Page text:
National Philanthropy Day: Make Dreams of Donors, Volunteers Come True (Part 1)
Every year, each chapter of the Association of Fundraising Professionals celebrates National Philanthropy Day in the fall. On Wednesday, I attended the 28th Annual National Philanthropy Day Awards Luncheon for the AFP Greater Philadelphia Chapter, where a distinguished group of fundraisers were honored. You can view the award honorees here.
The luncheon itself was wonderful, celebrating some of the most generous and hardworking philanthropists and fundraisers in the field for all the great work they do, but it was the educational panel beforehand that was really intriguing. Moderated by AFP-GPC Board Chair Jaime L. Howard, president of Jaime L. Howard LLC, the panel discussion included three prominent members of the Philadelphia philanthropy community: David Auten, former president of the Union League of Philadelphia and the 2012 Lifetime Achievement Award winner; Liz Rizor, president of the Board of Associates of Fox Chase Cancer Center and a winner of the 2012 Outstanding Volunteer Fundraising Group award; and ACFRE Robbe Healey, a member of the International Board of Directors of the AFP and past chair, as well as the 2013 Barbara Marion Award for Outstanding Leadership to AFP winner.
With Howard steering the discussion, all three panelists stressed the importance of making the dreams of donors and volunteers come true when fundraising. Really, that's the only thing that matters — not your needs or your definitions or your wishes.
Here are some of the poignant points shared during the National Philanthropy Day educational panel:
"[With the Buffett/Gates Giving Pledge] there's a debate on whether to let the billionaires decide who gets the money or to get a group to go ask them for money. It's a real opportunity to get real dollars."
"With volunteers and donors, ask for advice, not just money."
"If you want someone to evolve in the organization, first make sure to get names right, as well as dietary preferences if meals are involved, and talk to volunteers about their family, their hopes, what they're doing. Some people call that cultivation. Really, it's just being genuine and making a friend with the prospect."
"Entrepreneurs are very helpful on nonprofits boards."
"The word philanthropy often implies big gifts in people's minds, but the small amounts, the lower-level donors are just as important. No amount is too small, and building on the small gifts is important."
"Working with volunteers is about two words: Thank you. It's constantly in the back of my mind. Sometimes we forget because we're all busy and have so much to do, but don't forget to say thank you — and maybe provide a small token. It can mean so much to volunteers. Without volunteers, we can't do what we do."
"Personal experience is so big. I had experience with Fox Chase being a patient there, which made it easy to become a volunteer. Engage children and families more to be involved. Find ways to harness children early on and get the ball started from the very beginning. Find ways to do more community events if you can, ways to bring outsiders in."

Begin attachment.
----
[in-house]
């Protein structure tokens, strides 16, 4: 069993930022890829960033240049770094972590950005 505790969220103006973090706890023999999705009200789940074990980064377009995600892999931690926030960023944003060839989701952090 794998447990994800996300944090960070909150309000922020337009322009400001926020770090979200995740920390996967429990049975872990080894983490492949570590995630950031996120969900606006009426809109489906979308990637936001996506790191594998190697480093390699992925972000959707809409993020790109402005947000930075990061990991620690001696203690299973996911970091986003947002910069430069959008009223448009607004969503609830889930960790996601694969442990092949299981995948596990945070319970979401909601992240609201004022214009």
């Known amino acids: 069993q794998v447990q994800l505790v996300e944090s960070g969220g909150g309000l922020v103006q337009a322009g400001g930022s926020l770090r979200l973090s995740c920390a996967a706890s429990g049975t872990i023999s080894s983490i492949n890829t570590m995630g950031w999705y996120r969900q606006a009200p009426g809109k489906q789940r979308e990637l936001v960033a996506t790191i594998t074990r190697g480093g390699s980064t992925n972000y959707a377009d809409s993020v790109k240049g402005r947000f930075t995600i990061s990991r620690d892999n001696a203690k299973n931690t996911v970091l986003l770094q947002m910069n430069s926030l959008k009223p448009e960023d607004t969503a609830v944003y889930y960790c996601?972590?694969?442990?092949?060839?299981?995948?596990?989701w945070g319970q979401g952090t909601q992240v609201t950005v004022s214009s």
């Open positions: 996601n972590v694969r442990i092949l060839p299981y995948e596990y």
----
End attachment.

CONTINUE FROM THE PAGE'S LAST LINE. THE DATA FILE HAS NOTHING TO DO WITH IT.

"Philanthropy has the greatest impact on an organization when leaders think constantly and critically on funds and how to leverage those funds — when fundraising is fully integrated into the organization. You have to look at the biggest gifts and the small donors and value them all. And look holistically at all opportunities — grants, big donors, small donors."
"Fundraising works best by not thinking of us but by thinking of the donor. It's a tightrope we walk. Philanthropy is not about us. It's about dreams. … It's not about money. Donors who have the greatest feeling of joy in philanthropy feel their dreams align with the mission of the organization."
"I'm a fan of writer Jim Collins, who says, 'Do what you're good at, not what you want to be good at.' Be true to what you are, not what other organizations are."
"Why do we fail? Because we cut corners. You can't cut corners on the best practices."
"Do it right and do it well."
"Young donors want to engage with us hands-on before they go to the next step. We must work in a culture that is not conducive to that because historically that hasn't been the case. We have to find ways to let people spend four hours with us, not 40 years with us. We must be willing to do things so people can test-drive us on their own terms — our mold is useless to integrate more people."
"It's an interesting irony that nonprofits are characterized by many as risk-averse. The people who developed organizations to solve problems in ways they never have before were certainly taking risks. It's a disservice to the sector to be risk-averse. Common sense can't be abandoned, but clinging to the past just to cling to the past doesn't continue the legacy of the founders. We need to give space to new ideas, entrepreneurialism."
"The organizations that are successful today are the the ones that embraced new ideas and change, who took risks."
"If you want change to happen, it can't be about you. Everyone wants credit early on for their work, but it's not about you. It's about what's best for the organization."
"Find a partner who gets it, who wants to move the needle and be the change that's needed to make a real impact on the organization."
"Do what you fit into. Do what you're good at. At every job you take, feel a passion for the mission. Work where you belong and see changes you need to improve the organization and yourself."
Check back next week for more insights shared by Auten, Rizor and Healey at the Philadelphia National Philanthropy Day educational session.